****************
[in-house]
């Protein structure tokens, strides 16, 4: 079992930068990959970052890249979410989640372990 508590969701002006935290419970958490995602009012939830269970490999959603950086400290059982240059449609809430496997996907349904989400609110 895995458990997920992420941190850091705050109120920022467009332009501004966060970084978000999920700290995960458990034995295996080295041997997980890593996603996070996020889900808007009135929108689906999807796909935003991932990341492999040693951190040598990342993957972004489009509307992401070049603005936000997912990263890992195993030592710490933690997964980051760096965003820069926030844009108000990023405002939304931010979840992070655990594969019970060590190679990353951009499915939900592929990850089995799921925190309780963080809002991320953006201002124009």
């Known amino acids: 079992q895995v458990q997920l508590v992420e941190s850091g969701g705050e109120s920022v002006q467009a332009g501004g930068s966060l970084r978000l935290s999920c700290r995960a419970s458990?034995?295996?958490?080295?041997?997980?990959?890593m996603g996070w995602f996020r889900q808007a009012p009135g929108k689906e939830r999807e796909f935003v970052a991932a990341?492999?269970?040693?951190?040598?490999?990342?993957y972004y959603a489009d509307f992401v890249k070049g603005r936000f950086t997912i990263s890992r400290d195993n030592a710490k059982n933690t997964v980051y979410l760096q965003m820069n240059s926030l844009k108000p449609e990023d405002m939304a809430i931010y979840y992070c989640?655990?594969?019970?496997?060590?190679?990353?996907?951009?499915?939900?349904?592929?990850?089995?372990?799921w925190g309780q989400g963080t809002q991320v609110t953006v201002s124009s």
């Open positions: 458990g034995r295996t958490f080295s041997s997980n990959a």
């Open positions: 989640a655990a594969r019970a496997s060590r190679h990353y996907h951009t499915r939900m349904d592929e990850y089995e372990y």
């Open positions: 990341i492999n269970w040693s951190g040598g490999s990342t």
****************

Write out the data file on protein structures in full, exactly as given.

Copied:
[in-house]
């Protein structure tokens, strides 16, 4: 079992930068990959970052890249979410989640372990 508590969701002006935290419970958490995602009012939830269970490999959603950086400290059982240059449609809430496997996907349904989400609110 895995458990997920992420941190850091705050109120920022467009332009501004966060970084978000999920700290995960458990034995295996080295041997997980890593996603996070996020889900808007009135929108689906999807796909935003991932990341492999040693951190040598990342993957972004489009509307992401070049603005936000997912990263890992195993030592710490933690997964980051760096965003820069926030844009108000990023405002939304931010979840992070655990594969019970060590190679990353951009499915939900592929990850089995799921925190309780963080809002991320953006201002124009």
């Known amino acids: 079992q895995v458990q997920l508590v992420e941190s850091g969701g705050e109120s920022v002006q467009a332009g501004g930068s966060l970084r978000l935290s999920c700290r995960a419970s458990?034995?295996?958490?080295?041997?997980?990959?890593m996603g996070w995602f996020r889900q808007a009012p009135g929108k689906e939830r999807e796909f935003v970052a991932a990341?492999?269970?040693?951190?040598?490999?990342?993957y972004y959603a489009d509307f992401v890249k070049g603005r936000f950086t997912i990263s890992r400290d195993n030592a710490k059982n933690t997964v980051y979410l760096q965003m820069n240059s926030l844009k108000p449609e990023d405002m939304a809430i931010y979840y992070c989640?655990?594969?019970?496997?060590?190679?990353?996907?951009?499915?939900?349904?592929?990850?089995?372990?799921w925190g309780q989400g963080t809002q991320v609110t953006v201002s124009s």
């Open positions: 458990g034995r295996t958490f080295s041997s997980n990959a």
């Open positions: 989640a655990a594969r019970a496997s060590r190679h990353y996907h951009t499915r939900m349904d592929e990850y089995e372990y």
């Open positions: 990341i492999n269970w040693s951190g040598g490999s990342t």